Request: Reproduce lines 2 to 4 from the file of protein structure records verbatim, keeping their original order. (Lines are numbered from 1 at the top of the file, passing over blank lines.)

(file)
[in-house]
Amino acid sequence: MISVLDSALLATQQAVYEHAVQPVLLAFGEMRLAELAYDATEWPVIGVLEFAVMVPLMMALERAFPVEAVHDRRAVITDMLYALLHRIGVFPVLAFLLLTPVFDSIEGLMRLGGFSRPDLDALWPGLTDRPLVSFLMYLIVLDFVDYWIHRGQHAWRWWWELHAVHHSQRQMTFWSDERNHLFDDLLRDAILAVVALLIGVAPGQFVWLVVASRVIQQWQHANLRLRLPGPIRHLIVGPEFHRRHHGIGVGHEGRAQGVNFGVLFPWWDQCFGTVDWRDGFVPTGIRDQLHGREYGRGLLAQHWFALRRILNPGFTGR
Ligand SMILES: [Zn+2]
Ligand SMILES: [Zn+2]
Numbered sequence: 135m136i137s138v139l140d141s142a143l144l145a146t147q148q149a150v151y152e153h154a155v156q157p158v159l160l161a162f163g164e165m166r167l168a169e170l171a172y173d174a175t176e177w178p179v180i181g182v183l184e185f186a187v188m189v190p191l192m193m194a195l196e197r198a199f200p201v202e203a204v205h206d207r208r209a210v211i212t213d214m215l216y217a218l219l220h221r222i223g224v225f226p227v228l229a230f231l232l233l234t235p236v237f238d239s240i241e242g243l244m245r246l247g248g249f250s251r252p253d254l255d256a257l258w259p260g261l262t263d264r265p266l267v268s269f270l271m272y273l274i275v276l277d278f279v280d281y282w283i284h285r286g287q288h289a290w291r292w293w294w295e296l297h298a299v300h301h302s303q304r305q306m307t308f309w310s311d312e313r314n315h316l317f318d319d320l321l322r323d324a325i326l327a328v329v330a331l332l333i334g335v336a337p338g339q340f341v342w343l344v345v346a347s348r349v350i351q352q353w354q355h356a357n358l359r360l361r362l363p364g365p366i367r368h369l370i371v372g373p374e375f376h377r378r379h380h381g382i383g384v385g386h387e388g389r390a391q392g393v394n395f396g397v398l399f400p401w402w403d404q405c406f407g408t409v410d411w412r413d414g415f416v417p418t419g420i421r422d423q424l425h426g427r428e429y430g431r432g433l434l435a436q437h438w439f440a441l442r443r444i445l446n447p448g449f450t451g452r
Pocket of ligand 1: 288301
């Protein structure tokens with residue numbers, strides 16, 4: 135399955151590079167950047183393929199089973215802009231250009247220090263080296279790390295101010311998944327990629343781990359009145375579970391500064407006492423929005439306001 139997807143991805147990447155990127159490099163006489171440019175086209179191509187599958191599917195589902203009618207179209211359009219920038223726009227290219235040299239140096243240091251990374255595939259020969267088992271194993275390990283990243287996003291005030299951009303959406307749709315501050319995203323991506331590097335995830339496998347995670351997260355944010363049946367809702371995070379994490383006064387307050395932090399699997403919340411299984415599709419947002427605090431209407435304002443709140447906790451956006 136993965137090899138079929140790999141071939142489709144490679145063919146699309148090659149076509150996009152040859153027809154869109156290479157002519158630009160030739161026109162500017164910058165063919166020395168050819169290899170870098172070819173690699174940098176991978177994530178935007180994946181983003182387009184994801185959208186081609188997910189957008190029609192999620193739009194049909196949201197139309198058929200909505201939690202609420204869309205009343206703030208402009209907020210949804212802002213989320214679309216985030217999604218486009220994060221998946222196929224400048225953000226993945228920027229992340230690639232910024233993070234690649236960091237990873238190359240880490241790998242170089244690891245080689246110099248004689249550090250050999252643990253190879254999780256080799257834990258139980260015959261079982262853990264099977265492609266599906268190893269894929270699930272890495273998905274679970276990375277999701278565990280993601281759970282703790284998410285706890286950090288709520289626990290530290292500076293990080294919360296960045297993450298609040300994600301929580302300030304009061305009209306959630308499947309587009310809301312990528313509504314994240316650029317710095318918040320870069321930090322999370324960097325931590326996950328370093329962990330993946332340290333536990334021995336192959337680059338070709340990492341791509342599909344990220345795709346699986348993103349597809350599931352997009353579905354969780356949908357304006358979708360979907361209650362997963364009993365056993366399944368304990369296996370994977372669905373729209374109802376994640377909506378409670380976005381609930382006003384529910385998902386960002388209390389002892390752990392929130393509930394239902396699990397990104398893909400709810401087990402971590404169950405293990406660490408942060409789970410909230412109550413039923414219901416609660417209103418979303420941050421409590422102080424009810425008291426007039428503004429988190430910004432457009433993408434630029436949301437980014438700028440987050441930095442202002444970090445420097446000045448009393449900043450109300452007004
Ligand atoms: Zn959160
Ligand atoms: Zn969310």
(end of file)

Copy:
Amino acid sequence: MISVLDSALLATQQAVYEHAVQPVLLAFGEMRLAELAYDATEWPVIGVLEFAVMVPLMMALERAFPVEAVHDRRAVITDMLYALLHRIGVFPVLAFLLLTPVFDSIEGLMRLGGFSRPDLDALWPGLTDRPLVSFLMYLIVLDFVDYWIHRGQHAWRWWWELHAVHHSQRQMTFWSDERNHLFDDLLRDAILAVVALLIGVAPGQFVWLVVASRVIQQWQHANLRLRLPGPIRHLIVGPEFHRRHHGIGVGHEGRAQGVNFGVLFPWWDQCFGTVDWRDGFVPTGIRDQLHGREYGRGLLAQHWFALRRILNPGFTGR
Ligand SMILES: [Zn+2]
Ligand SMILES: [Zn+2]